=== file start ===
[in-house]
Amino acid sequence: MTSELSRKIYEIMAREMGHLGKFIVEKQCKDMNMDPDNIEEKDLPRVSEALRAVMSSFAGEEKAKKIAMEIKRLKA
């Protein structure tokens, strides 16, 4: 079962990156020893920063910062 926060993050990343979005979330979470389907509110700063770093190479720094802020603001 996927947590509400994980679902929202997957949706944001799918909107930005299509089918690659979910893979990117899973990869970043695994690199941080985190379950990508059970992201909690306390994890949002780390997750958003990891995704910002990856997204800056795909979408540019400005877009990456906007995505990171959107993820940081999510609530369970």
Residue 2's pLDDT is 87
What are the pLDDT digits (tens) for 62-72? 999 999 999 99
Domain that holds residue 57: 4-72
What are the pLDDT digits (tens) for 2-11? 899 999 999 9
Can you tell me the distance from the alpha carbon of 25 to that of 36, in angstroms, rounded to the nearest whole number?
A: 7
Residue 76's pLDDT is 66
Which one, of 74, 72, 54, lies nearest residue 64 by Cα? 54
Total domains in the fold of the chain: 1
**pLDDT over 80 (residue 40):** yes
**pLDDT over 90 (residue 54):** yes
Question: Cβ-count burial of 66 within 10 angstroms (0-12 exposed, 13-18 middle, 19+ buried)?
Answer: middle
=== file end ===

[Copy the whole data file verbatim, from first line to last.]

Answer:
[in-house]
Amino acid sequence: MTSELSRKIYEIMAREMGHLGKFIVEKQCKDMNMDPDNIEEKDLPRVSEALRAVMSSFAGEEKAKKIAMEIKRLKA
């Protein structure tokens, strides 16, 4: 079962990156020893920063910062 926060993050990343979005979330979470389907509110700063770093190479720094802020603001 996927947590509400994980679902929202997957949706944001799918909107930005299509089918690659979910893979990117899973990869970043695994690199941080985190379950990508059970992201909690306390994890949002780390997750958003990891995704910002990856997204800056795909979408540019400005877009990456906007995505990171959107993820940081999510609530369970």
Residue 2's pLDDT is 87
What are the pLDDT digits (tens) for 62-72? 999 999 999 99
Domain that holds residue 57: 4-72
What are the pLDDT digits (tens) for 2-11? 899 999 999 9
Can you tell me the distance from the alpha carbon of 25 to that of 36, in angstroms, rounded to the nearest whole number?
A: 7
Residue 76's pLDDT is 66
Which one, of 74, 72, 54, lies nearest residue 64 by Cα? 54
Total domains in the fold of the chain: 1
**pLDDT over 80 (residue 40):** yes
**pLDDT over 90 (residue 54):** yes
Question: Cβ-count burial of 66 within 10 angstroms (0-12 exposed, 13-18 middle, 19+ buried)?
Answer: middle